Some teachers have a very different system from me-they essentially tell the students none of their grades throughout the semester, nor how they actually calculate the final grade. They instead rely on vague subjective kinds of things like "improvement" or "effort." Students in Korea at least don't seem to mind this, bizarrely and I think it might actually help those teachers get good student evaluations because probably even the worst students might believe that they could actually get an A+ in the class, despite not really being able to actually write in a writing class, or converse in a conversation class. And the students who believe they're getting an A+ in your class will give you the best evaluations.
I, however, veer towards the opposite end of the spectrum. I spell everything out to the students in terms of how I will calculate grades on day 1 and then I review it at the end of the semester before final exams. I return all work to the students in a timely manner (less than a week) and let students look at their midterm exams. I use this system for the following reasons:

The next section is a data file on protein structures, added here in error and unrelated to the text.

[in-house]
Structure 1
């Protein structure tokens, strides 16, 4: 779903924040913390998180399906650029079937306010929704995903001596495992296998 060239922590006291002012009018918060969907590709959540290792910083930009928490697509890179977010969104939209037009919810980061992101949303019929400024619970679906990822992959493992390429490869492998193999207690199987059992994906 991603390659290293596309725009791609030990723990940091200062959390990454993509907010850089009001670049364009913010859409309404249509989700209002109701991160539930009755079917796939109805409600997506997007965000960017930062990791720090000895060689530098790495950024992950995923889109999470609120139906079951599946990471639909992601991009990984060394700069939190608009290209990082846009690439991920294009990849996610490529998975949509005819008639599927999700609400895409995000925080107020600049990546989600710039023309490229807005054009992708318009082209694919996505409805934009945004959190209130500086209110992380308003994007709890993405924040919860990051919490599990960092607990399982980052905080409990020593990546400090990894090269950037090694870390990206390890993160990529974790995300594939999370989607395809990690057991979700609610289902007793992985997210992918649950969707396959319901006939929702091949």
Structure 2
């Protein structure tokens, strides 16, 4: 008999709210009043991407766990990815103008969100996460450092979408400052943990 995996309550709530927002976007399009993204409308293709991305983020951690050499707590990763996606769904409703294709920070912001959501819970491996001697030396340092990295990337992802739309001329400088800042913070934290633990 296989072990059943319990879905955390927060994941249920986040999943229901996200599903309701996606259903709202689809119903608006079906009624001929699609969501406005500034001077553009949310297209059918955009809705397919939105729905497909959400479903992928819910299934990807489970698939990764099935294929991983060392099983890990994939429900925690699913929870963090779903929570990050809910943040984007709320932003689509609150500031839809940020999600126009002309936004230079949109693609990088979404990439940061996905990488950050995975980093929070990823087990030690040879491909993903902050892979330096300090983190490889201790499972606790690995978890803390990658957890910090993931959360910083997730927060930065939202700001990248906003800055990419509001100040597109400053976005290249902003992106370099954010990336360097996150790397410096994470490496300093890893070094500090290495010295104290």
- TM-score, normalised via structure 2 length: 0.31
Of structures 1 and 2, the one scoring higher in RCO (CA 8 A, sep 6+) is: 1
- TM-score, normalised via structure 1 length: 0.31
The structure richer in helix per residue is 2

1. It eliminates the possibility of playing favorites, which I think is really unprofessional.
2. Students equate effort, studying and actually knowing the material with getting a good grade. Most classes with a foreign teacher up to the time they get me have involved, "Oh, just try your best," and "Communication is most important, don't worry about everything else." I set my standards far higher than that and expect students to live up to them. By the time they are 3rd or 4th year English major students at a mid-top ranked university in Korea, it's time that they have gotten a solid grasp on things like the past tense and use of the various future tenses.
3. I can defend any grade I have given to any student to the admin if required. With cold, hard numbers.
4. And finally, I get almost no frantic emails from students asking about their grades. They have put 2 and 2 together themselves and can't really argue with me.
Do you want to work at a Korean University? Check out: How to Get a University Job in South Korea: The English Teaching Job of Your Dreams